If you are the proud owner of a 2016-2017 Triumph Speed Triple R or Triumph Speed Triple S, you should take heed of Triumph’s latest recall, which affects 541 motorcycles.
The recall comes about because Triumph noticed a trend with its warranty repairs, that the regulator/rectifier lead for the the charging system may rub against a bracket for the ABS modulator, which could potentially result in an electrical short.
Triumph says that it will notify affected owners, and that Triumph dealers will replace the affected wire, and also reroute it to avoid contact with the bracket, all free of charge. The recall is expected to begin in November 2017.
We already showed you leaked photos of the 2016 Triumph Speed Triple, and now the British marque is ready for you to officially see its streetfighter model.
Though Triumph is speaking too much about technical details, we can see that the now-called Triumph Speed Triple S and Speed Triple R don’t deviate too far from the previous iteration of the venerable street-bike model. They do boast some important improvements though.
As is readily apparent, the two Speed Triple models have an updated look, but a closer inspection of the spec-sheet reveals an updated engine as well.
Triumph says that it has made over 100 changes – 104, to be precise – to its 1,050cc three-cylinder power plant, which include a new combustion chamber, new cylinder head, new machined crank, new piston design, and new ‘ride-by-wire’ throttle bodies.
Triumph is set to debut most of its 2016 line on October 28th, but that hasn’t stopped a French dealer from posting photos of the company’s lineup onto the internet. Since we’re not part of the party, and thus handcuffed by an embargo, we thought we would share the photos with you, dear readers.
First up is the 2016 Triumph Speed Triple R, which gets a modest face lift for the new model year. Beyond the reworking of the bodywork, with the most obvious changes done to the face of the machine, the revised Triumph Speed Triple R will be Euro 4 compliant, which means there is likely a reworking to the streetfighter’s three-cylinder engine.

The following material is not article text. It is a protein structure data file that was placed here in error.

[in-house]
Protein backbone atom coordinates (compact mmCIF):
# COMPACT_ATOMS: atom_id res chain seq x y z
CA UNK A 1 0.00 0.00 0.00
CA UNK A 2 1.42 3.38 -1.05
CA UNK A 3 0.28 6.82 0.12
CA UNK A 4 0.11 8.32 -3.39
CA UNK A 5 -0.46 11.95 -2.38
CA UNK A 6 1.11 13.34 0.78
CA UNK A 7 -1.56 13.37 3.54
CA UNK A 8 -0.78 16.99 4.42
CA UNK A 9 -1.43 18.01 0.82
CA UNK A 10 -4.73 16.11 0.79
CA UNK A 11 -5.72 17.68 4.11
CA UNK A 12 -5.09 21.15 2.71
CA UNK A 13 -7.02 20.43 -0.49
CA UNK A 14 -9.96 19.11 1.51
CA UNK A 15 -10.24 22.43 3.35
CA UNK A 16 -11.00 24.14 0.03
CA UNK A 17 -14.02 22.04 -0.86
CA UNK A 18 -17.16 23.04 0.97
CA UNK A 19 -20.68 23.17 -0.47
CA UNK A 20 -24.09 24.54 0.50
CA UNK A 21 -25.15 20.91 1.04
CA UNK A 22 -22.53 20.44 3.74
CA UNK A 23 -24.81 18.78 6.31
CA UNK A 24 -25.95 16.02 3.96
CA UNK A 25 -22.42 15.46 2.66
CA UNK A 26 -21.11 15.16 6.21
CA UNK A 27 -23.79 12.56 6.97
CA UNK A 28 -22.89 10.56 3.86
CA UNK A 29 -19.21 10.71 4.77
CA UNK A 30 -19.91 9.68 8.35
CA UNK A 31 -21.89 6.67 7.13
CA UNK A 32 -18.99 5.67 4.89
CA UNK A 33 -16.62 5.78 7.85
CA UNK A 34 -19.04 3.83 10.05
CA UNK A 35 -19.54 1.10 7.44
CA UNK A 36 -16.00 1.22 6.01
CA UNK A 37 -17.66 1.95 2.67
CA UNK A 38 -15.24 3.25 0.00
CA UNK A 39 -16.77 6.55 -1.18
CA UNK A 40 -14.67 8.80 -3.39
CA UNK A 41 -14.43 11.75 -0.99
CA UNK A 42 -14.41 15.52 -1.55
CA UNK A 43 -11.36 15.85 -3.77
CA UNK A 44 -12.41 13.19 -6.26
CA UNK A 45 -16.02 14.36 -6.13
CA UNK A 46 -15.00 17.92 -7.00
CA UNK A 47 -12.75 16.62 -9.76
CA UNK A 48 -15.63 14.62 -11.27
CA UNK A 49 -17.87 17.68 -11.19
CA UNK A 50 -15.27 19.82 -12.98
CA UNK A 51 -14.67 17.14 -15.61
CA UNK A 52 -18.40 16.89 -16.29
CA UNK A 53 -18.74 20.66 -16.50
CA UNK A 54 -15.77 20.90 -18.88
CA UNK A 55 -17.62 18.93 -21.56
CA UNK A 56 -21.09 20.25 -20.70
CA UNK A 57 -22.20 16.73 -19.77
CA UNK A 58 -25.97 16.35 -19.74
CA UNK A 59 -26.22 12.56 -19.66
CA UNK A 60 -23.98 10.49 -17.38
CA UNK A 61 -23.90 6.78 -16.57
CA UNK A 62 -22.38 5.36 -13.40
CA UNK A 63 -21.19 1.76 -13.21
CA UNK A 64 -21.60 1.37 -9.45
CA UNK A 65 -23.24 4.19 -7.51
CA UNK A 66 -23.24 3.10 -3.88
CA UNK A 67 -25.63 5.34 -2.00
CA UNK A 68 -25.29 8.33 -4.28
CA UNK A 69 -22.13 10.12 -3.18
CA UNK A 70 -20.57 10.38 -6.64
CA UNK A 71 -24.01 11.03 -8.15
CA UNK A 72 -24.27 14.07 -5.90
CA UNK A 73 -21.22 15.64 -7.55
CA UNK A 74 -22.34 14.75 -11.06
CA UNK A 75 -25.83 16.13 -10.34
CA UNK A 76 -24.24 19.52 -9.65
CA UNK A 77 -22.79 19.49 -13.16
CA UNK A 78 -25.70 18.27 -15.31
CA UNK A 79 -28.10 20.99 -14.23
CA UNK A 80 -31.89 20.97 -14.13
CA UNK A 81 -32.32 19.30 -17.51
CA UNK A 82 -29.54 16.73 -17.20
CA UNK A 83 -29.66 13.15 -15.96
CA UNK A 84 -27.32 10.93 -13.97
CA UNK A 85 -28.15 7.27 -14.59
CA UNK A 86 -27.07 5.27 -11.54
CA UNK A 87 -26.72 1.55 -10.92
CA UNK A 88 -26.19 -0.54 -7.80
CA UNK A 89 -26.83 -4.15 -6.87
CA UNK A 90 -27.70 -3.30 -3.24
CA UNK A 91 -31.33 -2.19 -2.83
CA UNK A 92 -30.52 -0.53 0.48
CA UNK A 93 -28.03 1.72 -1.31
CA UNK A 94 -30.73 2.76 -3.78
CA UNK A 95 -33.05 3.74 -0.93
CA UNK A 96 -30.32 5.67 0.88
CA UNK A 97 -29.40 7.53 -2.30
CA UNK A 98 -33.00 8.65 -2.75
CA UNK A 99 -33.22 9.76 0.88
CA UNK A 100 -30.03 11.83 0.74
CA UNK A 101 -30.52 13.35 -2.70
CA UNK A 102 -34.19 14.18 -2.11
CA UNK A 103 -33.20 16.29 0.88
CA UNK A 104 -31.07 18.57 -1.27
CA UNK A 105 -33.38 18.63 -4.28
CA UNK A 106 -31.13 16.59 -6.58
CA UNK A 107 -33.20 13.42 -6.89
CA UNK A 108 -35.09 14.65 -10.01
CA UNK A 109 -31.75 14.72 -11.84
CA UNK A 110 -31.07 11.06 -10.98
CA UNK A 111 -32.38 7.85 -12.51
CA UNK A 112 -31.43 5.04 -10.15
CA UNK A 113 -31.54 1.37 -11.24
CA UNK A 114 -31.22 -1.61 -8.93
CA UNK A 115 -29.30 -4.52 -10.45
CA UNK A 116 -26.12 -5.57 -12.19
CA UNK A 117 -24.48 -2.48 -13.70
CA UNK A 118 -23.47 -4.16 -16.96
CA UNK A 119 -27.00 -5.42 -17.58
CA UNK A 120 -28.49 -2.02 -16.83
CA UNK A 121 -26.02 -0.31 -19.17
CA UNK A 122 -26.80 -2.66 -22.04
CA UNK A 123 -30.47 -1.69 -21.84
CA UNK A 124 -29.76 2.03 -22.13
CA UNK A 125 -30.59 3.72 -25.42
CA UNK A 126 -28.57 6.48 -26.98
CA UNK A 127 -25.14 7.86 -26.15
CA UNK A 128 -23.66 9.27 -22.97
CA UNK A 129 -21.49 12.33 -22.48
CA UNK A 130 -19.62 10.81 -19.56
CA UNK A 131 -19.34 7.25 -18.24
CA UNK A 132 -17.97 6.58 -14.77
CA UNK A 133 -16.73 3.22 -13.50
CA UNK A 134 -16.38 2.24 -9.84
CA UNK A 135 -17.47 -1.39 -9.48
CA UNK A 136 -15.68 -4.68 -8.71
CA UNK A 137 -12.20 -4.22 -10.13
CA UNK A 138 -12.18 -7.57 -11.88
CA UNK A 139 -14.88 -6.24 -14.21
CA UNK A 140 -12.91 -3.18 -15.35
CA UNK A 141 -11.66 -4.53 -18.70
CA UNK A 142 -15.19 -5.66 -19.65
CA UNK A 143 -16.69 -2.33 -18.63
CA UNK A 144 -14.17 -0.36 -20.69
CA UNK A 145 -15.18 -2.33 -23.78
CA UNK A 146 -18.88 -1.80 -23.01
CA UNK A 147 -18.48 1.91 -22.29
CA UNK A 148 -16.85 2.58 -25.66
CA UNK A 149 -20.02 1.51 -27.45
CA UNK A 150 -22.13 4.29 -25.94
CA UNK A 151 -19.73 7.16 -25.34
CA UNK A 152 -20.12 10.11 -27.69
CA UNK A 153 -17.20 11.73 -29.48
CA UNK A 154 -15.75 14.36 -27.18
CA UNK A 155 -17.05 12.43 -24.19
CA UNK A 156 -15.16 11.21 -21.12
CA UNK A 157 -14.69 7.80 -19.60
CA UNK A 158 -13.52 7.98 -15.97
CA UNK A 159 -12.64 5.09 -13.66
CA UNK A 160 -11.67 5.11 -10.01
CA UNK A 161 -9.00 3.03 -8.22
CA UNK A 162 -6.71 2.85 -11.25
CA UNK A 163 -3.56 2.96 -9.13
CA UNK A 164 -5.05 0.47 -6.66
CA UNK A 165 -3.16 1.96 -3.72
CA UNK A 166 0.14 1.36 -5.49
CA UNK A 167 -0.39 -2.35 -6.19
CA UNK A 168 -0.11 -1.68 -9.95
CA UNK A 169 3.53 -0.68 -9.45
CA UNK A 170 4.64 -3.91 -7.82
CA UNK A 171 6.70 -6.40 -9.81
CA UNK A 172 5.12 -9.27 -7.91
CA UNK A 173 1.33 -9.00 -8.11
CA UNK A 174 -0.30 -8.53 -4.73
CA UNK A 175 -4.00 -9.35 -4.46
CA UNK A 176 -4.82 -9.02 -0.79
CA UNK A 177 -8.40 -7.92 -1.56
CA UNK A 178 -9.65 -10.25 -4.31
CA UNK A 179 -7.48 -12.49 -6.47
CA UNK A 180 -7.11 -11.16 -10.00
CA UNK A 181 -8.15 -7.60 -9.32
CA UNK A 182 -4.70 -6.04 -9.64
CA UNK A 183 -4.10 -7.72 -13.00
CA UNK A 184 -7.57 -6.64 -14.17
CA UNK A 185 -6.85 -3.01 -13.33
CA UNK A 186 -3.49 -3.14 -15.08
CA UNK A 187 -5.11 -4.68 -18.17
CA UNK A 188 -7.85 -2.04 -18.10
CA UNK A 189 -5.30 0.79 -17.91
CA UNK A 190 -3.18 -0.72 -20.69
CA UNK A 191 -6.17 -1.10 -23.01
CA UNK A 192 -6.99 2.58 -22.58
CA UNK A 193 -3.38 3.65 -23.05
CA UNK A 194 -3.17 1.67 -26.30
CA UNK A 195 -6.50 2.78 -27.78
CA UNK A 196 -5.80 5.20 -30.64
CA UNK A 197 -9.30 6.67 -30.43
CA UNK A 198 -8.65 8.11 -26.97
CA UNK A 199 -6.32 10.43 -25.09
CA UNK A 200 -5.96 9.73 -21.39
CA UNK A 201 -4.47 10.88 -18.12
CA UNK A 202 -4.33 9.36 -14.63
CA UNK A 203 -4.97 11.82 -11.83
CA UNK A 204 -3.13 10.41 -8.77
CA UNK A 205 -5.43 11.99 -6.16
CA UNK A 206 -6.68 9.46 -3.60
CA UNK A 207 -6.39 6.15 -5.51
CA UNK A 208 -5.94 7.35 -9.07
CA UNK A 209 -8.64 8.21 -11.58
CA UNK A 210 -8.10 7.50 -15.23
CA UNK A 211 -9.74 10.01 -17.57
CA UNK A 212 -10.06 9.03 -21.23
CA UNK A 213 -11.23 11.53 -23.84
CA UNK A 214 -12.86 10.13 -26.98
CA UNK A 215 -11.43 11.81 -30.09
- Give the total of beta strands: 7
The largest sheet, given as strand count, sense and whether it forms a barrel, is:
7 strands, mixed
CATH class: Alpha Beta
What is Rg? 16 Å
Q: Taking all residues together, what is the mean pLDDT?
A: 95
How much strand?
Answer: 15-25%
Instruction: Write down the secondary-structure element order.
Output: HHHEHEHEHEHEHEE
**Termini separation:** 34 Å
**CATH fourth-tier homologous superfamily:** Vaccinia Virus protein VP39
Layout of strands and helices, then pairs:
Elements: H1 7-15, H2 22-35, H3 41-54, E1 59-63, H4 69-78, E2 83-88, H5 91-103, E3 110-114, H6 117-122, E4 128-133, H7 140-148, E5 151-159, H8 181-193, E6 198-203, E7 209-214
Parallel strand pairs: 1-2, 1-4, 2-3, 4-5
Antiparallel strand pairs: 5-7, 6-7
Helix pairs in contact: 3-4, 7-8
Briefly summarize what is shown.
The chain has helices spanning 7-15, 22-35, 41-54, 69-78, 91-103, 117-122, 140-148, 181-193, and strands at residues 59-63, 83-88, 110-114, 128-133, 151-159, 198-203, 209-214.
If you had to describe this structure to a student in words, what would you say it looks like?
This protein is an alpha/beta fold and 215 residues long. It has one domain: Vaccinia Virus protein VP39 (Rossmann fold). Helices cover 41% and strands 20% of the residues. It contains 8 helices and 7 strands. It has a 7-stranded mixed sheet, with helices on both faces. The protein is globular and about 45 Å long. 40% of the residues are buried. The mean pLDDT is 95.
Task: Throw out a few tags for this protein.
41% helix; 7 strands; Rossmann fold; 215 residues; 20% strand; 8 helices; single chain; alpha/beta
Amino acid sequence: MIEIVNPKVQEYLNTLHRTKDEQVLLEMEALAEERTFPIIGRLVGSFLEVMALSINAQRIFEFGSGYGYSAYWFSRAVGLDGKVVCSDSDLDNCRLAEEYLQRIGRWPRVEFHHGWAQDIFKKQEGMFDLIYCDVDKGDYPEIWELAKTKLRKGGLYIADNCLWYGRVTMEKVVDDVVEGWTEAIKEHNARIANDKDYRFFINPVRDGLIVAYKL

Rumors have the Triumph Speed Triple R coming with 140hp out of the box, with the “R” model getting the obviously higher-spec suspension and wheels over the base model, per usual.
We will have to wait and see what other changes Triumph brings to this fantastic street bike. Hopefully they have updated the Speed Triple enough to keep it relevant in this increasingly competitive segment, but hopefully they have also retained what makes the Speed Triple such a joy to ride. More photos after the jump.
For Triumph, the recall only affects 566 units — those models that were built between January 1, 2014 and April 1, 2015 — and it will commence on May 15th of this year.
Our friends across the pond get all the cool stuff: crumpets, Ginger Spice, and the 2013 Triumph Speed Triple R “Dark” street bike.
While they may have an overabundance of the prior two items, the Triumph Speed Triple R “Dark” unfairly comes with a limited production run of 30 units, making it one venerable and exclusive piece of machinery.
Collaborating with custom shop 8 Ball to make the limited edition Speed Triple R bikes, Triumph has put together a sporty machine for only £11,349 — £200 over the MSRP of the standard Speed Triple R.
For that extra coin, one gets a color-matched screen and belly pan. Other highlights include the “R 1050” logos (with serial number) and an air-brushed Union Jack flags on the fuel tank.
How very patriotic. Photos after the jump.
I’m going to come out and say that I loved the 2011 Triumph Speed Triple when it came out. A divisive model with the Triumph’s loyal fan base, the revised Speed Triple’s aesthetics are a marked improvement over the earlier generations in my book, which was the only thing that kept the peppy three-cylinder machine out of my personal garage. Now to thoroughly ruining my Christmas wish list, the British brand has added the 2012 Triumph Speed Triple R to its EICMA debut list, with the “R” designation denoting the bike’s upgraded Öhlins suspension, Brembo brakes, and PVM wheels.